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Movie Review: The Swimsuit Issue Is Not At All What You Think It Is

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Sorry guys, if you think this is about the Sports Illustrated swimsuit issue, it is not that at all. Ladies, it is not about fashion or magazines either. Entirely different story and genre: men and a bit of midlife crisis are the focal points.

The movie focuses on a group of men who play floor ball (I was not aware this was even a sport — so forgive me for sounding silly). Think of it as hockey played with a ball and indoors. This movie is Swedish and the subtitles moved quickly so I lost some things in translation. The key character is Fredrik, a man who is forced out of his job as a journalist, at loose ends with his life and unsure of what to do. He's divorced and his ex-wife gets a new job in the UK and leaves their daughter with him while she gets settled. The daughter is highly involved in synchronized swimming and is the typical teenage daughter foisted upon an unwitting father who hasn't got a real clue about parenting.

While Fredrik and his buddies are playing floor ball, their time and space is overtaken by other teams of kids and women. Searching for something new, Fredrik sees a synchronized swim practice and thinks it would be funny to do a send-up of synchro-swim for a bachelor party. It winds up being so funny with the guys in drag that the video of their performance as bride and bridesmaids is played at the wedding. It's  the hit of the wedding and they're hired to duplicate their performance at a high-end event — with pay!

Frederik, being the competitive man with time on his hands, convinces his teammates to redo the performance into something more formal and serious and eliminate the drag presentation. However, the performance fails because drag is exactly what the hostess wanted.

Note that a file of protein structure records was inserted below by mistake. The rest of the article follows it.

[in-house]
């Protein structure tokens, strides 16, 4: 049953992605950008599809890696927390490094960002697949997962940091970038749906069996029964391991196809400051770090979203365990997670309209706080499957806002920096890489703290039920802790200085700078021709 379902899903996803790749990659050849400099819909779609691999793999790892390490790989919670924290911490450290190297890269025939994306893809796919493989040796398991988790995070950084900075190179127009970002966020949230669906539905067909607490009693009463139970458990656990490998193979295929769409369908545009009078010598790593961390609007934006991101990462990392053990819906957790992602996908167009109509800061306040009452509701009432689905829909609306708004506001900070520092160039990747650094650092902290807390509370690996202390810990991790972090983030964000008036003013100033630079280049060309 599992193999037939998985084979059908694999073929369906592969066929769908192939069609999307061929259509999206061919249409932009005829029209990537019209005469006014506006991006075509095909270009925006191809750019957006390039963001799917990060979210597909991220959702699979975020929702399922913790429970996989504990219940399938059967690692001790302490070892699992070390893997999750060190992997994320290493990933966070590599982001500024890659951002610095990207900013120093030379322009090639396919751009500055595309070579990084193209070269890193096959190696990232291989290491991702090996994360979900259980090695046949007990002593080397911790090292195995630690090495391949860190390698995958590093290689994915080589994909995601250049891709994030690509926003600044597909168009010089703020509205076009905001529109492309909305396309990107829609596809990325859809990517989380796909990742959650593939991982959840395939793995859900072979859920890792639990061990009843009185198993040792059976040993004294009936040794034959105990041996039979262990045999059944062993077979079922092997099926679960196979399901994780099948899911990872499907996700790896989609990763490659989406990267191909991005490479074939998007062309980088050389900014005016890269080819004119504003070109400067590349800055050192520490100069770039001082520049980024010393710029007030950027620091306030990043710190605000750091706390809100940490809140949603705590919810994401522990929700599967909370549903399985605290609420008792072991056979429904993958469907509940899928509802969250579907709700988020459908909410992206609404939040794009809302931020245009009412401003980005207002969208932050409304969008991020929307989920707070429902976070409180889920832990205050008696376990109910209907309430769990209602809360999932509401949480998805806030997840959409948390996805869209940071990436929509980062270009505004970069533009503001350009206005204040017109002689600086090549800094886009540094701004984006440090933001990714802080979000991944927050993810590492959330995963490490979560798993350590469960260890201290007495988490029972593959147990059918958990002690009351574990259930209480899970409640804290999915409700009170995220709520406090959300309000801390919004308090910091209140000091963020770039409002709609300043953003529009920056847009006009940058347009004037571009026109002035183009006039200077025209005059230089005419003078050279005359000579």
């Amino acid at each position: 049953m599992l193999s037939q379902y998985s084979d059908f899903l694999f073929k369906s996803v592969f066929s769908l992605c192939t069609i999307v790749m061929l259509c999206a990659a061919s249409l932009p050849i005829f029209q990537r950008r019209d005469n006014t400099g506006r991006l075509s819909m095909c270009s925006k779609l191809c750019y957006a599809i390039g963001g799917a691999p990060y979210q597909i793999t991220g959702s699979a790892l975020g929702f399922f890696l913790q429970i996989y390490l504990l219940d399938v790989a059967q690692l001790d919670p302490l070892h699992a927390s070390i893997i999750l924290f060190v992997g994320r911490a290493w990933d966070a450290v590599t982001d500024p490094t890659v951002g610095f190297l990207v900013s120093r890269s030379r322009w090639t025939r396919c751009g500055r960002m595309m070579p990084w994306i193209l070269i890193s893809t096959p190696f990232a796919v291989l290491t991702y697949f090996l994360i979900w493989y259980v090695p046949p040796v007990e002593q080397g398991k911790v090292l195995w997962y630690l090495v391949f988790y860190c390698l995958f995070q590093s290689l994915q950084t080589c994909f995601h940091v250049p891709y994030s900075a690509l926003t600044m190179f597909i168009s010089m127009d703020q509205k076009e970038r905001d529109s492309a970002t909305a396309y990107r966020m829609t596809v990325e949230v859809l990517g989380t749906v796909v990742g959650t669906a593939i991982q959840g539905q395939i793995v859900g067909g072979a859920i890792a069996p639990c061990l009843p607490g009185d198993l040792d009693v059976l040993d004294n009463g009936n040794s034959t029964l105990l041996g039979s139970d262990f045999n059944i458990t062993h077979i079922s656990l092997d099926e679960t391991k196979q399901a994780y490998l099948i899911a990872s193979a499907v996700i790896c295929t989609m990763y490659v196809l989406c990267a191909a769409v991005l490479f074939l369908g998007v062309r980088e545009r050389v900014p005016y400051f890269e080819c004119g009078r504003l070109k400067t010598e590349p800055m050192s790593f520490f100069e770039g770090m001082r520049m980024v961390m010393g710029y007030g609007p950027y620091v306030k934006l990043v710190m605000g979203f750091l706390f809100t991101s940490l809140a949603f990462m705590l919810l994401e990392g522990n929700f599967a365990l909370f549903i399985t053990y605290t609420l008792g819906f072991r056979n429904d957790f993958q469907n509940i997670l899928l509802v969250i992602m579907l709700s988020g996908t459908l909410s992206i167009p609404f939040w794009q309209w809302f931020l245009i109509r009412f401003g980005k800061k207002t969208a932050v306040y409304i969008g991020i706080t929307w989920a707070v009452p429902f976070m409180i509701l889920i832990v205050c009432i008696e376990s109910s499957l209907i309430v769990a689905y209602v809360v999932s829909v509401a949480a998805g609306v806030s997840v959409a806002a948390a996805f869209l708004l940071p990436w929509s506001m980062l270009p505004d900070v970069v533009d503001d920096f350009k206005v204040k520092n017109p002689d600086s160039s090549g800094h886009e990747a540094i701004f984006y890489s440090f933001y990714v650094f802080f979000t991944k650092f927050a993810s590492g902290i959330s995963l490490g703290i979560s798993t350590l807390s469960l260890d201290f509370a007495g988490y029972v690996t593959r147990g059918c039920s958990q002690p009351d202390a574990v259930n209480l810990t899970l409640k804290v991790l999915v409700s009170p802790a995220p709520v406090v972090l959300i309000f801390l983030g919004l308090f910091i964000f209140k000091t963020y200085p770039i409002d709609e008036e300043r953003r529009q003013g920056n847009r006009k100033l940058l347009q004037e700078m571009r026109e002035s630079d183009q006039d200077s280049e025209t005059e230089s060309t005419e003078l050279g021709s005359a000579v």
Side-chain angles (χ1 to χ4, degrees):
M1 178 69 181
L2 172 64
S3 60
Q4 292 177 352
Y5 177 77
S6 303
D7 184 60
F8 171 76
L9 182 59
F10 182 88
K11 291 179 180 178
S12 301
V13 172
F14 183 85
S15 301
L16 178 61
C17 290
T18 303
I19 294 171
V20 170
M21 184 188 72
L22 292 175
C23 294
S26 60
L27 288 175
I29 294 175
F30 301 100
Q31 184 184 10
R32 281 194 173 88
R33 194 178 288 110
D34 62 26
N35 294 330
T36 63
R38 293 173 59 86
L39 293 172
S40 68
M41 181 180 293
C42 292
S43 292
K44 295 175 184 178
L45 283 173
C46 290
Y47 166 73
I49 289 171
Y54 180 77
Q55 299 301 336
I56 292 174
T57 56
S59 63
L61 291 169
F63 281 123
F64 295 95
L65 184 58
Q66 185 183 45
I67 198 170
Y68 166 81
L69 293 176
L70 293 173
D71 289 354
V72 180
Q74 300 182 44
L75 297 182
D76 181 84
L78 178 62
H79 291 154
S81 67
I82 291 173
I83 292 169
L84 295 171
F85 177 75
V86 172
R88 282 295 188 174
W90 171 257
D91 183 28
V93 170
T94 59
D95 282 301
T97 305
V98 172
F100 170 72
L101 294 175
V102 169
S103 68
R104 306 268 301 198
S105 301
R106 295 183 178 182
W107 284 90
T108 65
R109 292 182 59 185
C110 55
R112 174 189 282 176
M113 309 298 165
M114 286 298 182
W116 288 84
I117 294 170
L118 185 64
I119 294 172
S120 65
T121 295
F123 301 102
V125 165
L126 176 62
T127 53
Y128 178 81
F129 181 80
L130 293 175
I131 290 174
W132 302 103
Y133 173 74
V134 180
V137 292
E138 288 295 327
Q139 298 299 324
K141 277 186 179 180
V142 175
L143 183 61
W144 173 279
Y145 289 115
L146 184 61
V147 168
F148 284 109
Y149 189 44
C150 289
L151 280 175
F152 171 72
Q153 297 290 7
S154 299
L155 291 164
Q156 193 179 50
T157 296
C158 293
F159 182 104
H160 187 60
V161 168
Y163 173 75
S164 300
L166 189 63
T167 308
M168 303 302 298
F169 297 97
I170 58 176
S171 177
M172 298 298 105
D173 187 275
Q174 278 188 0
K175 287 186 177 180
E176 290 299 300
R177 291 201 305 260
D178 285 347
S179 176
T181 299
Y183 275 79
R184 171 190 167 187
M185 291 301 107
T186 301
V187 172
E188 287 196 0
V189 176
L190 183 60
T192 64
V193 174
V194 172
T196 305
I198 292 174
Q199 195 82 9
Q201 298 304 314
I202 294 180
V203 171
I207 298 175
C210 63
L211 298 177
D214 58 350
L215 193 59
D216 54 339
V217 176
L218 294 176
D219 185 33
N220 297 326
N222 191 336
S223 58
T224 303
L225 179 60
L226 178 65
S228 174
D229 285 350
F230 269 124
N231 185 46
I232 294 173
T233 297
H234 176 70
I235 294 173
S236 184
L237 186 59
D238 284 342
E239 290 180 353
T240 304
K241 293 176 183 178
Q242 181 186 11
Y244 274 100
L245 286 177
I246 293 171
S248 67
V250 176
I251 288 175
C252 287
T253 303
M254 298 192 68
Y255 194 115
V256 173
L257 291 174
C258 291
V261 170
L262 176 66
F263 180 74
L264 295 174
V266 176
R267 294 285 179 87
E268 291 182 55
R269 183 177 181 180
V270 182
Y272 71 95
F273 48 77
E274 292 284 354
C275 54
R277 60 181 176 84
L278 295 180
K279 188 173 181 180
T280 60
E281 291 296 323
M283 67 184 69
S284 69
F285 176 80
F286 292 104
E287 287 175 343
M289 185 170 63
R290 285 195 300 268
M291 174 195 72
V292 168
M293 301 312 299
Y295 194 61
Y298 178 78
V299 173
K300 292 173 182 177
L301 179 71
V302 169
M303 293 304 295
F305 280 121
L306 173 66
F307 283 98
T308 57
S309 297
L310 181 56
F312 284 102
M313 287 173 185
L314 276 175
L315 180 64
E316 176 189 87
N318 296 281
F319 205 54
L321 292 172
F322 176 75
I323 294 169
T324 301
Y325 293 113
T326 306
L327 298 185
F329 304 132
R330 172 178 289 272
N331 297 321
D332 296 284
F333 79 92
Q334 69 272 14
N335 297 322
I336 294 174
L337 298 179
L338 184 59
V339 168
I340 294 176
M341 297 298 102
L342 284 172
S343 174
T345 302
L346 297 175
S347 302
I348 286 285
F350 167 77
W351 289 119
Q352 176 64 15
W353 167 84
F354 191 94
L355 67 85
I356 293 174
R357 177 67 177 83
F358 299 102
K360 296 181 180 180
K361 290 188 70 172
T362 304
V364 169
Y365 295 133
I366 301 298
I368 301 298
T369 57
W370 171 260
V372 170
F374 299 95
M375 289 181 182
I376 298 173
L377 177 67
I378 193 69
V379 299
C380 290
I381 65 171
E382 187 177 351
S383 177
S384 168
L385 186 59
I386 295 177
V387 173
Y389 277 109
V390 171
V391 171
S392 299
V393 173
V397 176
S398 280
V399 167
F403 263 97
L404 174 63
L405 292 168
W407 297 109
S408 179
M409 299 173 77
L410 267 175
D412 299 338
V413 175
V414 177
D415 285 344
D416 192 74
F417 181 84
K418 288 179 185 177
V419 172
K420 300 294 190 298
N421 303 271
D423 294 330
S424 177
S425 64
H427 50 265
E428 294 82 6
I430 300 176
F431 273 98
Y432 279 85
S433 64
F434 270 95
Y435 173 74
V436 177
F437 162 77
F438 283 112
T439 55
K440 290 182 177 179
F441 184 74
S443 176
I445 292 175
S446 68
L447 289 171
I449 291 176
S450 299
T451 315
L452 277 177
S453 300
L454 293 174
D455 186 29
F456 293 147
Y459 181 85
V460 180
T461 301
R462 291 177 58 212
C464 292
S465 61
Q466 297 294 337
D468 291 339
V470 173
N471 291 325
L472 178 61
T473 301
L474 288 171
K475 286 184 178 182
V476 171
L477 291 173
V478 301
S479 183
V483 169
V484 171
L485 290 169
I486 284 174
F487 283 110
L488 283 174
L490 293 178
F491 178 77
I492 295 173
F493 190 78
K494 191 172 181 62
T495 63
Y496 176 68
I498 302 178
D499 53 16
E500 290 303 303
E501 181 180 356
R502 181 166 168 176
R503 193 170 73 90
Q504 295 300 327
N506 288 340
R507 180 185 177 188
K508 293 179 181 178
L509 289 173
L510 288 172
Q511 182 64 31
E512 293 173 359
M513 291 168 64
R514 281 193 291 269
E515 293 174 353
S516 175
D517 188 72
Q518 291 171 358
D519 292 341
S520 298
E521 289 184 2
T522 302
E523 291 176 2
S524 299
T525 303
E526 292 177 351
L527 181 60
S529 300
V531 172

While the guys lick the wounds to their egos, Fredrik (a jock if there ever was one), encourages his friends to create a serious synchronized swim team and finds through his research that the first synchronized swim event was created by men and held in Berlin. He and his buddies dive into training and while they come up with some choreography, they find difficulties getting pool time due to reverse discrimination.

All of this is supposed to be funny, but it's a bit frustrating because this is where the movie drops the ball. It's not cohesive enough, the threads of the story aren't completely pulled through to create that sense of what's going on. Springing into gear with the Berlin meet/anniversary of the first formation swim meet since the late 1800s, the team wants to enter as the first men's Swedish team. The daughter, Sara, becomes the team coach and does a great job of whipping these 40-ish men into synchronized swim athletes, which is quite a task

These guys do what other guy films do and they do it no better, no worse — but not as much fun as The Full Monty. However Fredrik's daughter realizes the passion behind her dad's search for a purpose which even leads him to a job of sorts (that's as far from journalism as one could get — a bicycle messenger) however it's treated as a sidenote that makes little sense).

They do wind up performing for an event of 1000 people right before the finals in Berlin and do a superb job. However heading into the Berlin competition, there is a snag: they can only have eight men on the team and not nine. Who's going to get dumped is the question for Fredrik (a situation that he shares with the team but makes the decision alone) and that's where the film ends with some sort of resolution but no visual on how they performed.

This is a decent movie with some very funny parts. The characters aren't completely fleshed out and one wishes they had spent more time on the development of those characters and what drove each man to participate to make sense of the bond. There are very few scenes with women except to be negative. It does have a bonding between father and daughter and that is a parallel storyline. Would I buy this or pay to see it in a theater? No, I wouldn't spend that kind of cash. However as a DVD download or rental, it's better than reruns or what's currently in theaters.

A Fladen Film presentation, in association with Nordisk Film, Gadda Five, Zentropa Entertainments Berlin, Filmpool Stockholm-Malardalen. (International sales: Trust Film Sales, Denmark.) Produced by Rebecka Hamberger. Directed by Mans Herngren. Screenplay, Herngren, Jane Magnusson, Brian Cordray.

With: Jonas Inde, Amanda Davin, Peter Gardiner, Benny Haag, Jimmy Lindström, Andreas Rothlin Svensson, Dietrich Hollinderbäumer, Ia Langhammer.

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